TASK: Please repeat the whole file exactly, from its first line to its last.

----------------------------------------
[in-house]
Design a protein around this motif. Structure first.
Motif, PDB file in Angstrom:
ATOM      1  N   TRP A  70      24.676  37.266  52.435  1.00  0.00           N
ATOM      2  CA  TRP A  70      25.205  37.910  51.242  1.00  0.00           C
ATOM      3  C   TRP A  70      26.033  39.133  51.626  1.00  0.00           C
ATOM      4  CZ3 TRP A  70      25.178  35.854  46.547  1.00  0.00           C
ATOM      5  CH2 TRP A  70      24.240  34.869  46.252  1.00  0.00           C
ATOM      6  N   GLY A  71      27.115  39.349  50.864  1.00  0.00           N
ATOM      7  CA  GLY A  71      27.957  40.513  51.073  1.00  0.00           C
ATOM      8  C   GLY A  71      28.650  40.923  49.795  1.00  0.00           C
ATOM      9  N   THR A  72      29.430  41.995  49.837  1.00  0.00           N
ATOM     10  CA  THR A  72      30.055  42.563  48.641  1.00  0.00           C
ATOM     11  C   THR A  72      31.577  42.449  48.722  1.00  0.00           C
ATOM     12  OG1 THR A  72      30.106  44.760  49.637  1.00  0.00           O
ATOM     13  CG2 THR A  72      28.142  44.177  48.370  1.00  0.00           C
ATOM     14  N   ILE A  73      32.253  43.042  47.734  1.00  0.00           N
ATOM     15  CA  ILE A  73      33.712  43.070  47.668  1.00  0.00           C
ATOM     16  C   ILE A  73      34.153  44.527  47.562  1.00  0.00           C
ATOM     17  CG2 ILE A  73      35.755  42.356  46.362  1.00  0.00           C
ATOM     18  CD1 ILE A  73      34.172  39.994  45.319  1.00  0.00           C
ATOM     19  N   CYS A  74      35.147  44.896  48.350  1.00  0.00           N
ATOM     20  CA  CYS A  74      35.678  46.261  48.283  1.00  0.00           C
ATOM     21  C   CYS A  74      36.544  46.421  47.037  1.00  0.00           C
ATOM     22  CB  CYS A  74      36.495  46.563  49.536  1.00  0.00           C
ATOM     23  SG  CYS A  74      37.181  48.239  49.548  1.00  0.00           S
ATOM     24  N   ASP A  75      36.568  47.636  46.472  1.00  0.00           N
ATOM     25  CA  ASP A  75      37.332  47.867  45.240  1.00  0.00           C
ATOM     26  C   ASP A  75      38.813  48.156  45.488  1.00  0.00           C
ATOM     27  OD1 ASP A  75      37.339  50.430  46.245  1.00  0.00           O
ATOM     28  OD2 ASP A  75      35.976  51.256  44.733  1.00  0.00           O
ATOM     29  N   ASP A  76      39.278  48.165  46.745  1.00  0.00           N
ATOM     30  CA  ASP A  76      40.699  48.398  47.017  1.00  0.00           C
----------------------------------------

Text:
[in-house]
Design a protein around this motif. Structure first.
Motif, PDB file in Angstrom:
ATOM      1  N   TRP A  70      24.676  37.266  52.435  1.00  0.00           N
ATOM      2  CA  TRP A  70      25.205  37.910  51.242  1.00  0.00           C
ATOM      3  C   TRP A  70      26.033  39.133  51.626  1.00  0.00           C
ATOM      4  CZ3 TRP A  70      25.178  35.854  46.547  1.00  0.00           C
ATOM      5  CH2 TRP A  70      24.240  34.869  46.252  1.00  0.00           C
ATOM      6  N   GLY A  71      27.115  39.349  50.864  1.00  0.00           N
ATOM      7  CA  GLY A  71      27.957  40.513  51.073  1.00  0.00           C
ATOM      8  C   GLY A  71      28.650  40.923  49.795  1.00  0.00           C
ATOM      9  N   THR A  72      29.430  41.995  49.837  1.00  0.00           N
ATOM     10  CA  THR A  72      30.055  42.563  48.641  1.00  0.00           C
ATOM     11  C   THR A  72      31.577  42.449  48.722  1.00  0.00           C
ATOM     12  OG1 THR A  72      30.106  44.760  49.637  1.00  0.00           O
ATOM     13  CG2 THR A  72      28.142  44.177  48.370  1.00  0.00           C
ATOM     14  N   ILE A  73      32.253  43.042  47.734  1.00  0.00           N
ATOM     15  CA  ILE A  73      33.712  43.070  47.668  1.00  0.00           C
ATOM     16  C   ILE A  73      34.153  44.527  47.562  1.00  0.00           C
ATOM     17  CG2 ILE A  73      35.755  42.356  46.362  1.00  0.00           C
ATOM     18  CD1 ILE A  73      34.172  39.994  45.319  1.00  0.00           C
ATOM     19  N   CYS A  74      35.147  44.896  48.350  1.00  0.00           N
ATOM     20  CA  CYS A  74      35.678  46.261  48.283  1.00  0.00           C
ATOM     21  C   CYS A  74      36.544  46.421  47.037  1.00  0.00           C
ATOM     22  CB  CYS A  74      36.495  46.563  49.536  1.00  0.00           C
ATOM     23  SG  CYS A  74      37.181  48.239  49.548  1.00  0.00           S
ATOM     24  N   ASP A  75      36.568  47.636  46.472  1.00  0.00           N
ATOM     25  CA  ASP A  75      37.332  47.867  45.240  1.00  0.00           C
ATOM     26  C   ASP A  75      38.813  48.156  45.488  1.00  0.00           C
ATOM     27  OD1 ASP A  75      37.339  50.430  46.245  1.00  0.00           O
ATOM     28  OD2 ASP A  75      35.976  51.256  44.733  1.00  0.00           O
ATOM     29  N   ASP A  76      39.278  48.165  46.745  1.00  0.00           N
ATOM     30  CA  ASP A  76      40.699  48.398  47.017  1.00  0.00           C